1. "Synthetic vaccine nanoparticles target to lymph node triggering enhanced innate and adaptive antitumor immunity."
Kim SY, Noh YW, Kang TH, Kim JE, Kim S, Um SH, Oh DB, Park YM, Lim YT.
Biomaterials. 2017 Jun;130:56-66. (SCIE, IF:8.402)
In this study, synthetic vaccine nanoparticles (SVNPs) that efficiently targeted lymph nodes, where immune responses against foreign antigens are primed, were developed to enhance antitumor immunity. The size (20-70 nm) and surface character (amination) of poly(γ-glutamic acid)-based SVNPs were selected for effective loading and delivery (i.e., migration and retention) of model tumor antigen (OVA) and toll-like receptor 3 agonist (poly (I:C)) to immune cells in lymph nodes. Antigen-presenting cells treated with SVNP-OVA and SVNP-IC showed higher uptake of OVA and poly (I:C) and higher secretion of inflammatory cytokines (TNF-α, IL-6) and type I interferon (IFN-α, IFN-β) than those treated with OVA and poly (I:C) alone. In vivo analysis revealed higher levels of activation markers, inflammatory cytokines, and type I IFNs in the lymph nodes of mice immunized with SVNP-IC compared to those of mice in other groups. SVNP-IC-treated mice showed significantly greater in vivo natural killer cell expansion/activation (NK1.1(+) cells) and CD8(+) T cell response (CD8(+) INF-γ(+) cells) in innate and adaptive immunity, respectively. Both preventive and therapeutic vaccination of EG7-OVA tumor-bearing mice using the simultaneous injection of both SVNP-OVA and SVNP-IC induced higher antitumor immunity and inhibited tumor growth.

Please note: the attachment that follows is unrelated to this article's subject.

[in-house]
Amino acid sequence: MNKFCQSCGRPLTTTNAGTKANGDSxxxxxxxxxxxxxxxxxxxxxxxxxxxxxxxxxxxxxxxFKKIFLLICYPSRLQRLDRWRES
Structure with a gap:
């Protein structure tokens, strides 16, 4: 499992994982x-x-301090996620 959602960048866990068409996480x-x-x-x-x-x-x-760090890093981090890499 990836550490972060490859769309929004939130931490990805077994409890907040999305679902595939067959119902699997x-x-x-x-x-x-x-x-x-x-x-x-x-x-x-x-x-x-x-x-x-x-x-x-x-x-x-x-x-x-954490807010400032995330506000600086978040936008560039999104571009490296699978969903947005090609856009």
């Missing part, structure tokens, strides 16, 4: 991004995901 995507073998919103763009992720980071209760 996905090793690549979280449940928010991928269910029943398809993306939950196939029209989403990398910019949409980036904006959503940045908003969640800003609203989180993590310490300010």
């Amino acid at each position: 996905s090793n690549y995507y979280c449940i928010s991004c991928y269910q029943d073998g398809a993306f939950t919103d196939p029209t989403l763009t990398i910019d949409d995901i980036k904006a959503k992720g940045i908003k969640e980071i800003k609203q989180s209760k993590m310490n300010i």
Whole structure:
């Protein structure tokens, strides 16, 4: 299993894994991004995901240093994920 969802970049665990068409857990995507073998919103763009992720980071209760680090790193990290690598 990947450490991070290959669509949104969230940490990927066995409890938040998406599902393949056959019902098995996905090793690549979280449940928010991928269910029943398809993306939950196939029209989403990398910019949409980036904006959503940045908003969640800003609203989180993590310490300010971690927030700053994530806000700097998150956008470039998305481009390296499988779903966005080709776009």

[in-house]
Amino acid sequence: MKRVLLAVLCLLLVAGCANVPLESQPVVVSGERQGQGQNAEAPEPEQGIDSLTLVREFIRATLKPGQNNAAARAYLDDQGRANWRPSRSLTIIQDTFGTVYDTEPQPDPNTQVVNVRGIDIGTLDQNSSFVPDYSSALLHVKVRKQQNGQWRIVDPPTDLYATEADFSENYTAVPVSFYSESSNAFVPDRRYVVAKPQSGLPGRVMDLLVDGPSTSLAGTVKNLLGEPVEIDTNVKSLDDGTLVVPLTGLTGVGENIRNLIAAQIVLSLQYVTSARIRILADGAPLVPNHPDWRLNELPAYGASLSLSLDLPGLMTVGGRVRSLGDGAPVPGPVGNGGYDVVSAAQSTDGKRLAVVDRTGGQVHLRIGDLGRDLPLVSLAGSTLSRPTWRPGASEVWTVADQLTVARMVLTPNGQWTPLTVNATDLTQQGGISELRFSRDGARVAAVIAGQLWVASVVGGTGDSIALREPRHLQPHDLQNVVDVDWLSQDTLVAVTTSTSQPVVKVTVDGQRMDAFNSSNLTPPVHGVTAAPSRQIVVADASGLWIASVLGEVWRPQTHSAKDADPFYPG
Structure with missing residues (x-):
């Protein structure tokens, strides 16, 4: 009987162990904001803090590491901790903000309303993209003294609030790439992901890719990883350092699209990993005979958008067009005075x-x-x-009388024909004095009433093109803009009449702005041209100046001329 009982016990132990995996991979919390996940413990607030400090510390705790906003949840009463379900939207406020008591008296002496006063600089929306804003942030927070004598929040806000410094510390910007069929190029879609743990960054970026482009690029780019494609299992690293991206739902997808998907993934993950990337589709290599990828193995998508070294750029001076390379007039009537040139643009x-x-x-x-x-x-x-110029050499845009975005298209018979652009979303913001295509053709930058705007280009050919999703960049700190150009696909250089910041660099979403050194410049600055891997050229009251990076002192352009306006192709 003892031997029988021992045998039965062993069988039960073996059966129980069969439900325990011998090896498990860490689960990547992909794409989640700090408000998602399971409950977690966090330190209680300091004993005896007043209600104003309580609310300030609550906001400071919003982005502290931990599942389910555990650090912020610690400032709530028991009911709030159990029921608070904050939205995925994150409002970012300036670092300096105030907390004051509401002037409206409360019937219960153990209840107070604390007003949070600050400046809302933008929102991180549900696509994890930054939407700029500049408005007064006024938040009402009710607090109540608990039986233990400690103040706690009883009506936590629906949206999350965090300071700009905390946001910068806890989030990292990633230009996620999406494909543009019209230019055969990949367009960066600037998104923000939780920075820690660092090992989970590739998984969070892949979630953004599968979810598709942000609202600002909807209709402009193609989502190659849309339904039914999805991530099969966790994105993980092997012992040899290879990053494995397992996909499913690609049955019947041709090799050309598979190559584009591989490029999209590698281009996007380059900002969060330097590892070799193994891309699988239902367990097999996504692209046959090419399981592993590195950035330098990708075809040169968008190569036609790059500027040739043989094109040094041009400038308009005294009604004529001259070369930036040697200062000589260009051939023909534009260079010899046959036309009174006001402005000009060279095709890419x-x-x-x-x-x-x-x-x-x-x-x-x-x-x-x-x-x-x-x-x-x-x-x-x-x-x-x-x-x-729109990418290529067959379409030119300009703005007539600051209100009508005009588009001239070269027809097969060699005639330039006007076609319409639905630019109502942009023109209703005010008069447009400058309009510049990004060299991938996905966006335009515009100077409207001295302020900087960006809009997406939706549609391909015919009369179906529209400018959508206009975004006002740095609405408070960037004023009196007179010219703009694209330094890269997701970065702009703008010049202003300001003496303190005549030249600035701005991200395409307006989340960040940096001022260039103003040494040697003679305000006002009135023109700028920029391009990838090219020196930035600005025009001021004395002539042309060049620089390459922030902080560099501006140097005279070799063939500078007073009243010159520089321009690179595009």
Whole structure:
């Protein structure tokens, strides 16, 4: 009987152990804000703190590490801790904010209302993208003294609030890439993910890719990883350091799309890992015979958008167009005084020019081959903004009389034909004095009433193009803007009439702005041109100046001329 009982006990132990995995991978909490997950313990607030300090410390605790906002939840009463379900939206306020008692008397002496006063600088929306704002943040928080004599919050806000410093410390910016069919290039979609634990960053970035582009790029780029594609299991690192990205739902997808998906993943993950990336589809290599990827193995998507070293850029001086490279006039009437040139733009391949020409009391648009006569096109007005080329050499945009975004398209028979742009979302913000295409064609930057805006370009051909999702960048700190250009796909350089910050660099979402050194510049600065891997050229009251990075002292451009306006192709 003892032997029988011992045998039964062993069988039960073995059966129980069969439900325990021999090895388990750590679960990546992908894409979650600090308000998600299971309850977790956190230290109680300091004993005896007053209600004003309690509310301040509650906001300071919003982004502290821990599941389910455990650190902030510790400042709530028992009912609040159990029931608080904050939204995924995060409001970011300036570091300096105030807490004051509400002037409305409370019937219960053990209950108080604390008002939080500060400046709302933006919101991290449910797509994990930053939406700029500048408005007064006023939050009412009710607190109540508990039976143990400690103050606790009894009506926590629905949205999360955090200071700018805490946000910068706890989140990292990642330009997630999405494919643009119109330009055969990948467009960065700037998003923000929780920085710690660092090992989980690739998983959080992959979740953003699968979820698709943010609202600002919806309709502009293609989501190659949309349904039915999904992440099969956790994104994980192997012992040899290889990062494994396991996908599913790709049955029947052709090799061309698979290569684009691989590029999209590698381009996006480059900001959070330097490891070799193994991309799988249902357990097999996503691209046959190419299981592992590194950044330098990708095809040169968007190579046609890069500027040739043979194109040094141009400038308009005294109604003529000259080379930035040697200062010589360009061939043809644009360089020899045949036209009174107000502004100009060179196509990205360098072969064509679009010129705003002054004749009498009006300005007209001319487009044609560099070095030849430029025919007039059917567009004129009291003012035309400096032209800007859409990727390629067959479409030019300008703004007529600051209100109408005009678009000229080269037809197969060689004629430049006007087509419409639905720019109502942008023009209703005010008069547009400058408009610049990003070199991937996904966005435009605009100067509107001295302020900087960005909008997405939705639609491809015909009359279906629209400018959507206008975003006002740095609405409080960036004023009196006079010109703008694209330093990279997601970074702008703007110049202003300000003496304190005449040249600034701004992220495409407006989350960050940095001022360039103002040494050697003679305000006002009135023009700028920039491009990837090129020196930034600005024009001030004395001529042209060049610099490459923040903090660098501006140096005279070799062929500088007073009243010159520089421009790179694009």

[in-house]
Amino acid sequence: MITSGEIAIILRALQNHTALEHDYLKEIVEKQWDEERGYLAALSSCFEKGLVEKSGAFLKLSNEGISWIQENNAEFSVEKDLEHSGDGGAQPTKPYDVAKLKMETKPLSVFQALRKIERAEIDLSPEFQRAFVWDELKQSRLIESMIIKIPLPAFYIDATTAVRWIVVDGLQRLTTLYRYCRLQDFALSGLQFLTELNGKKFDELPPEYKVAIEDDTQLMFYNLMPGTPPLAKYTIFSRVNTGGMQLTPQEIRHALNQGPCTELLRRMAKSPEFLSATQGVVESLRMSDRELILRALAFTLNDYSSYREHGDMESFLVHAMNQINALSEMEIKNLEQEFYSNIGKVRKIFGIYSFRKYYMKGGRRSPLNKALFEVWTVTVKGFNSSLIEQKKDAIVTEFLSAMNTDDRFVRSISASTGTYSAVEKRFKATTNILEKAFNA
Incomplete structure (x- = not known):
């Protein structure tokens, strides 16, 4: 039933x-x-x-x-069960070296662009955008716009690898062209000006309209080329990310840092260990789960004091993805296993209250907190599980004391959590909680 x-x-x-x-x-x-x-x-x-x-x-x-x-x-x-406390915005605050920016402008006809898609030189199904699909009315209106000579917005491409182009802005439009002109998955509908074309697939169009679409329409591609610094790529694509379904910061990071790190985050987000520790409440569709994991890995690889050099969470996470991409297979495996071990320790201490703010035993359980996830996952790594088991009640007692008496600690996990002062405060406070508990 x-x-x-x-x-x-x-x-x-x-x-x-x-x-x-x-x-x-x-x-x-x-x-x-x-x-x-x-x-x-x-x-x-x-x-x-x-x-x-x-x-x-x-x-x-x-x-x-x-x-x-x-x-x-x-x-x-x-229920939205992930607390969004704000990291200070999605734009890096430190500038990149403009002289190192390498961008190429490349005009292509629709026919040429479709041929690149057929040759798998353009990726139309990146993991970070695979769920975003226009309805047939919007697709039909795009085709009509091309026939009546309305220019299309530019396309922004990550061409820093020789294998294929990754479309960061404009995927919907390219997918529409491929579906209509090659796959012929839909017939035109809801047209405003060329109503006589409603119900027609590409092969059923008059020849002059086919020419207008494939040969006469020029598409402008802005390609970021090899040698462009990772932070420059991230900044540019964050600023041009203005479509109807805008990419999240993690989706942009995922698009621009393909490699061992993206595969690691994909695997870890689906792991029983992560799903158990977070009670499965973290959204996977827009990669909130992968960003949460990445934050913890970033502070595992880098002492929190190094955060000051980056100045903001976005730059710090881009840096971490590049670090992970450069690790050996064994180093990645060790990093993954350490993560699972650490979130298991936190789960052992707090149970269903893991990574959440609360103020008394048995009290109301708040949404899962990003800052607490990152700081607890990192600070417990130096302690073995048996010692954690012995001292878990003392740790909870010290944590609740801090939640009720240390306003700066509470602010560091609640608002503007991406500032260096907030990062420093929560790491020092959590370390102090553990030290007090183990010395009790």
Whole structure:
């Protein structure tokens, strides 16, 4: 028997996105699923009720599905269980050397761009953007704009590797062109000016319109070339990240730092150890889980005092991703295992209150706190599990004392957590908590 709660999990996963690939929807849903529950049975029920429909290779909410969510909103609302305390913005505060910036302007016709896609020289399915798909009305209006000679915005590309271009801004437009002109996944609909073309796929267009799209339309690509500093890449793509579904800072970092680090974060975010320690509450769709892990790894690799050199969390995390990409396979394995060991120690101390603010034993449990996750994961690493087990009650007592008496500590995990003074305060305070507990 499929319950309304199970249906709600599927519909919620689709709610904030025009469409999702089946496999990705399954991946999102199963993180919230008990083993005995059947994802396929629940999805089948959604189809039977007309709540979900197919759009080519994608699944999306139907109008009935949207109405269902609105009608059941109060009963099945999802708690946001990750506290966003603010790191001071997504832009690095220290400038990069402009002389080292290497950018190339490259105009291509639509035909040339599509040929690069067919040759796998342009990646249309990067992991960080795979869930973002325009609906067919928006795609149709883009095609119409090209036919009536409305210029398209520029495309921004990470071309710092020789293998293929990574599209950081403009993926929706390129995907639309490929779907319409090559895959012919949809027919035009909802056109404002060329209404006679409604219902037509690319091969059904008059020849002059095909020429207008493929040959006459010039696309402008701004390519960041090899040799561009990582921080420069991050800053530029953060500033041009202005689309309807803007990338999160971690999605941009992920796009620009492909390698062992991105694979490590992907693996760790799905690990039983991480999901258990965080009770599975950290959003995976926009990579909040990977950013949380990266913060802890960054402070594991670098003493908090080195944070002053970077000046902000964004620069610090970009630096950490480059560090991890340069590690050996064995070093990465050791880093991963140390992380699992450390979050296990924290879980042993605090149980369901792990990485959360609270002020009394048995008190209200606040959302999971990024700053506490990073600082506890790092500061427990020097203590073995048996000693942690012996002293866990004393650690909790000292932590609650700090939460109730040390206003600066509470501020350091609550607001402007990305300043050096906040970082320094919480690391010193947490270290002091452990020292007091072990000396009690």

2. "Selectively Impaired Endocannabinoid-Dependent Long-Term Depression in the Lateral Habenula in an Animal Model of Depression."
Park H, Rhee J, Lee S, Chung C.
Cell Rep. 2017 Jul 11;20(2):289-296. (SCIE, IF:8.282)
Abnormal potentiation in the lateral habenula (LHb) has been suggested to mediate depression-like behaviors. However, the underlying mechanisms of the synaptic efficacy regulation of LHb synapses and the potential for their modulation are only poorly understood. Here, we report that long-term synaptic depression (LTD) occurs in the LHb upon both low-frequency stimulation (LFS) and moderate-frequency stimulation (MFS). LFS-induced LTD (LFS-LTD) is accompanied by a reduction in presynaptic release probability, which is endocannabinoid (eCB) signaling dependent. Surprisingly, exposure to an acute stressor completely masks the induction of LFS-LTD in the LHb while leaving the MFS-induced LTD intact. Pharmacological activation of cannabinoid receptor 1 (CB1R) or blockade of αCaMKII successfully restored LTD in the LHb in an animal model of depression. Thus, our findings reveal a form of synaptic strength regulation and a stress-induced shift of synaptic plasticity in the LHb.